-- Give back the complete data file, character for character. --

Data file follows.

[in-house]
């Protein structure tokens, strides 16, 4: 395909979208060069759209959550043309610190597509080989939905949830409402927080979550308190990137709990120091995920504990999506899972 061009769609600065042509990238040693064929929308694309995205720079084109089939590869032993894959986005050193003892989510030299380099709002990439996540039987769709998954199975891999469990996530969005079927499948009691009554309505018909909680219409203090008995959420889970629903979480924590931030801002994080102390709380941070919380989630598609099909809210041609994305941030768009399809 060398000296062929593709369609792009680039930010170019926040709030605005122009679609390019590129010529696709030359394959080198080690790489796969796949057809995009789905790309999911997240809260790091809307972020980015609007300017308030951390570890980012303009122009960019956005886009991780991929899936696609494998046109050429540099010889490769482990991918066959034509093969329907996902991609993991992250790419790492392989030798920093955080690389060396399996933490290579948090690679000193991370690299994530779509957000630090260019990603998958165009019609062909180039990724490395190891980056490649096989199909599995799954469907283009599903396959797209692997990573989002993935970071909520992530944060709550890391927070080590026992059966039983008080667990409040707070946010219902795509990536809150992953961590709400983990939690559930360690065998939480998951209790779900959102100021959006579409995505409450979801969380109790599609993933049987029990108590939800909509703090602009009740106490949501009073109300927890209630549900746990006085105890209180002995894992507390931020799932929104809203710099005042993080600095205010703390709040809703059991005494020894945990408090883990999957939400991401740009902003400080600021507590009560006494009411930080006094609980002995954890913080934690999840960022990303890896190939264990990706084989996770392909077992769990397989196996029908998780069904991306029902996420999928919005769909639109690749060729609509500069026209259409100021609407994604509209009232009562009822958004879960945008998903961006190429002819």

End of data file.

[in-house]
């Protein structure tokens, strides 16, 4: 395909979208060069759209959550043309610190597509080989939905949830409402927080979550308190990137709990120091995920504990999506899972 061009769609600065042509990238040693064929929308694309995205720079084109089939590869032993894959986005050193003892989510030299380099709002990439996540039987769709998954199975891999469990996530969005079927499948009691009554309505018909909680219409203090008995959420889970629903979480924590931030801002994080102390709380941070919380989630598609099909809210041609994305941030768009399809 060398000296062929593709369609792009680039930010170019926040709030605005122009679609390019590129010529696709030359394959080198080690790489796969796949057809995009789905790309999911997240809260790091809307972020980015609007300017308030951390570890980012303009122009960019956005886009991780991929899936696609494998046109050429540099010889490769482990991918066959034509093969329907996902991609993991992250790419790492392989030798920093955080690389060396399996933490290579948090690679000193991370690299994530779509957000630090260019990603998958165009019609062909180039990724490395190891980056490649096989199909599995799954469907283009599903396959797209692997990573989002993935970071909520992530944060709550890391927070080590026992059966039983008080667990409040707070946010219902795509990536809150992953961590709400983990939690559930360690065998939480998951209790779900959102100021959006579409995505409450979801969380109790599609993933049987029990108590939800909509703090602009009740106490949501009073109300927890209630549900746990006085105890209180002995894992507390931020799932929104809203710099005042993080600095205010703390709040809703059991005494020894945990408090883990999957939400991401740009902003400080600021507590009560006494009411930080006094609980002995954890913080934690999840960022990303890896190939264990990706084989996770392909077992769990397989196996029908998780069904991306029902996420999928919005769909639109690749060729609509500069026209259409100021609407994604509209009232009562009822958004879960945008998903961006190429002819």